Then there are some political questions. I hope this virus hasn’t actually become political. Maybe it’s more of an urban/suburban/rural difference—which, again, doesn’t explain Houston vs. New York. Is it the prevalence of cars instead of mass transit in Houston? By the way, California’s deaths per million is about 31. I didn’t have today’s data, so I didn’t include California on the chart, above. But I’m guessing driving instead of mass transit is a reasonable explanation there too. Also sunshine.

Facebook friend Leslie May has been looking at the politics and the data the last couple of days. She said this yesterday on Facebook:

CHANCES OF CONTRACTING OR DYING OF COVID-19.... overall, Democratic-governed states are more urban with an average population density of 123 people per square mile....
average population density of Republican-governed state: 71 people per square mile
for all Democratic-governed states, the average rate of COVID-19 cases reported per 100,000 residents is 414
for R-governed states, the average is only 180 (less than half)
the average mortality per 100,000 in D-governed states is 23
the average mortality per 100,000 in R-governed states is 7, less than 1/3
by the way, Harris County, Texas, rates are 130 reported cases per 100,000 residents, and 2 deaths per 100,000 residents, lower than the average STATE....Texas as a state is 93 reported cases per 100,000 residents with 3 deaths per 100,000 residents.
Today she adds a map and more questions and data:

Wondering why certain states have no stay home orders (labeled 1 on the map below), others just "recommendations" (2 on the map), and some STILL have them in place (3 on the map)? Here's what our country looks like as with the "order" status / party of the governor superimposed on the actual cases per 100,000 people in that state. Also looked at where cases are increasing, decreasing or about the same.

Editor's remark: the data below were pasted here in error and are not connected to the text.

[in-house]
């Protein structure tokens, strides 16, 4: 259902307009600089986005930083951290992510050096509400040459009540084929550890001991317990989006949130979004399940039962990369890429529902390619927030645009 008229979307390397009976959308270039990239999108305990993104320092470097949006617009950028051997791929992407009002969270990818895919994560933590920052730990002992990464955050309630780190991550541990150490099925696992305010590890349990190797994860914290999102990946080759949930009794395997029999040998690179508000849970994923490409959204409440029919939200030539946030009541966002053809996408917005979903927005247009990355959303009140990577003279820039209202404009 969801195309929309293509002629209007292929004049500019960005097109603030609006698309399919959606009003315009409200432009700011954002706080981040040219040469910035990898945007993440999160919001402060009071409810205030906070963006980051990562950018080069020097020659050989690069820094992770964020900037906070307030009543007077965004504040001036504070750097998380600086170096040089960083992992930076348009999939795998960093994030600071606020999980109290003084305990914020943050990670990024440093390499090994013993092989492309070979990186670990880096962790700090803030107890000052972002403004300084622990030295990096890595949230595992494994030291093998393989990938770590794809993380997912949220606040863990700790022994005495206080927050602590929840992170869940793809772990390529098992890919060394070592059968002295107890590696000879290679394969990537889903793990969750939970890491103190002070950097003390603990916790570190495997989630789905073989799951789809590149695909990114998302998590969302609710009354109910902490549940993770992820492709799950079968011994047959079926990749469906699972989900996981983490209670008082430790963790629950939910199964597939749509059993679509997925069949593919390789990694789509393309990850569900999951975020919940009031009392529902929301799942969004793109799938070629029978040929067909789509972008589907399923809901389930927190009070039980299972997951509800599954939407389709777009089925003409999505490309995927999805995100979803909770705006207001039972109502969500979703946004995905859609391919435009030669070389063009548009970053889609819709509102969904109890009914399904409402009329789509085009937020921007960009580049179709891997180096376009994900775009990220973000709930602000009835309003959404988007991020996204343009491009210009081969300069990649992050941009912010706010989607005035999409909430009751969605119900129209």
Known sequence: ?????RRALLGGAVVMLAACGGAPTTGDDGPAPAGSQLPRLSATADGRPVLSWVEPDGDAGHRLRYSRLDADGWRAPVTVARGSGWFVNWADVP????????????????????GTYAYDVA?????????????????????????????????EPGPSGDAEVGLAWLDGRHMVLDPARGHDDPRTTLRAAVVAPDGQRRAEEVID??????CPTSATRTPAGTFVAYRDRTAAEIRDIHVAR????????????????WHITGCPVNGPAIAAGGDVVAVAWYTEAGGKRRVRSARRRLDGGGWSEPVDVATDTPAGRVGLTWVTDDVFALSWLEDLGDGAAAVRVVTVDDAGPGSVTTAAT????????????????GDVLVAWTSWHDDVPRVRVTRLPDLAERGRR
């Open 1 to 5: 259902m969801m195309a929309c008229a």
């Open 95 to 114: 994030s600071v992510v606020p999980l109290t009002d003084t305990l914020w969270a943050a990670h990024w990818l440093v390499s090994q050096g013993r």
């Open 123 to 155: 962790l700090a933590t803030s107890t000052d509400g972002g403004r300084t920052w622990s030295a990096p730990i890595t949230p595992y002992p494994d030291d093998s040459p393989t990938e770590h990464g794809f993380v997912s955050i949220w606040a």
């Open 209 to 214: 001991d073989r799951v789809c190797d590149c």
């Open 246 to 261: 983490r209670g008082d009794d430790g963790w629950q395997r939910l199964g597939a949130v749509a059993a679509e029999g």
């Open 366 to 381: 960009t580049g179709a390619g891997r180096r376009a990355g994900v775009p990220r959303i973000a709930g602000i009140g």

7 states, all with R governors, are under NO stay home orders: SD, ND, OK, WY, NE, IA, AR. SD, WY, OK are in the lowest category on the map for number of cases/100,000. The others are, pardon the pun, "all over the map."
4 states are under stay home recommendations, including TX. The others are KY, UT and CT (kinda another outlier in the northeast, although cases decreasing may explain it). 2 with D governors, 2 with R.
39 states are still under stay at home, 22 D governors, 17 R. Oregon, Montana, Minnesota, NC, WV and ME are low in cases/100,000. Only WV's governor is R, although if memory serves, I think that is a relatively recent development.
In terms of increasing, decreasing or about the same number of cases, I could see little rhyme or reason to how that influenced these decisions -- for those in the middle with recommendations, TX and KY about the same, UT increasing, CT decreasing.
Finally, Harris County, TX, has 6161 cases, or 134 cases /100,000 residents, with 109 deaths or 2/100,000 -- about the same size geographically as Rhode Island with 8247 cases, 778/100,000 people, 251 deaths, or 24/100,000 residents. RI has twice the death rate of Harris County per capita.
Graphic from Leslie Joan May, from Facebook

Texas starts opening up tomorrow. There’s a mixture of “hurray”s and “no no no”s. I lean toward the hurrays. But I’m not rushing to a theater any time soon. And I’m still wearing a mask at the grocery store, and carrying hand santizer, wipes, and gloves for use as needed.